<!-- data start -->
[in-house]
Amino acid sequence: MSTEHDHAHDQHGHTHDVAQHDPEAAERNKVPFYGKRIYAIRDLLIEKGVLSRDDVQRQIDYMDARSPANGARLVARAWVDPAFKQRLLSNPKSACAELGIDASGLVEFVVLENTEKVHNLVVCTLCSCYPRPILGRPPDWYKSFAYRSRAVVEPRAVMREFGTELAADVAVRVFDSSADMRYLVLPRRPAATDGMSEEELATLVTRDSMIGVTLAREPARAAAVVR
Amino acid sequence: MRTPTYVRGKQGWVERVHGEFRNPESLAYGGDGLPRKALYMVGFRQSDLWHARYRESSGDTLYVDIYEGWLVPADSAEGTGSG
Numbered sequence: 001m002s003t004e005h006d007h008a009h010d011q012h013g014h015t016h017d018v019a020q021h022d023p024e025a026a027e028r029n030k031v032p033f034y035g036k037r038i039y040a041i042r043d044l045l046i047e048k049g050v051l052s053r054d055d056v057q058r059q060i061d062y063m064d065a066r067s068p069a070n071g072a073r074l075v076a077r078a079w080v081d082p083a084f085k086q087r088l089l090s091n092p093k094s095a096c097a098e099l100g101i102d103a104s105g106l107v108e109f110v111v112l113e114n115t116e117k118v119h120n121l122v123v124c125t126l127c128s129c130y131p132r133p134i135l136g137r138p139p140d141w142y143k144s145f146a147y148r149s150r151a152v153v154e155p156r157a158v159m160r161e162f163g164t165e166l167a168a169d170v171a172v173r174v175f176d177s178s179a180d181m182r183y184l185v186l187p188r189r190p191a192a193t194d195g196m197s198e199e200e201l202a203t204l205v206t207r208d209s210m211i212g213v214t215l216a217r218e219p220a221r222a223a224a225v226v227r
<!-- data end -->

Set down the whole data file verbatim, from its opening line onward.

[in-house]
Amino acid sequence: MSTEHDHAHDQHGHTHDVAQHDPEAAERNKVPFYGKRIYAIRDLLIEKGVLSRDDVQRQIDYMDARSPANGARLVARAWVDPAFKQRLLSNPKSACAELGIDASGLVEFVVLENTEKVHNLVVCTLCSCYPRPILGRPPDWYKSFAYRSRAVVEPRAVMREFGTELAADVAVRVFDSSADMRYLVLPRRPAATDGMSEEELATLVTRDSMIGVTLAREPARAAAVVR
Amino acid sequence: MRTPTYVRGKQGWVERVHGEFRNPESLAYGGDGLPRKALYMVGFRQSDLWHARYRESSGDTLYVDIYEGWLVPADSAEGTGSG
Numbered sequence: 001m002s003t004e005h006d007h008a009h010d011q012h013g014h015t016h017d018v019a020q021h022d023p024e025a026a027e028r029n030k031v032p033f034y035g036k037r038i039y040a041i042r043d044l045l046i047e048k049g050v051l052s053r054d055d056v057q058r059q060i061d062y063m064d065a066r067s068p069a070n071g072a073r074l075v076a077r078a079w080v081d082p083a084f085k086q087r088l089l090s091n092p093k094s095a096c097a098e099l100g101i102d103a104s105g106l107v108e109f110v111v112l113e114n115t116e117k118v119h120n121l122v123v124c125t126l127c128s129c130y131p132r133p134i135l136g137r138p139p140d141w142y143k144s145f146a147y148r149s150r151a152v153v154e155p156r157a158v159m160r161e162f163g164t165e166l167a168a169d170v171a172v173r174v175f176d177s178s179a180d181m182r183y184l185v186l187p188r189r190p191a192a193t194d195g196m197s198e199e200e201l202a203t204l205v206t207r208d209s210m211i212g213v214t215l216a217r218e219p220a221r222a223a224a225v226v227r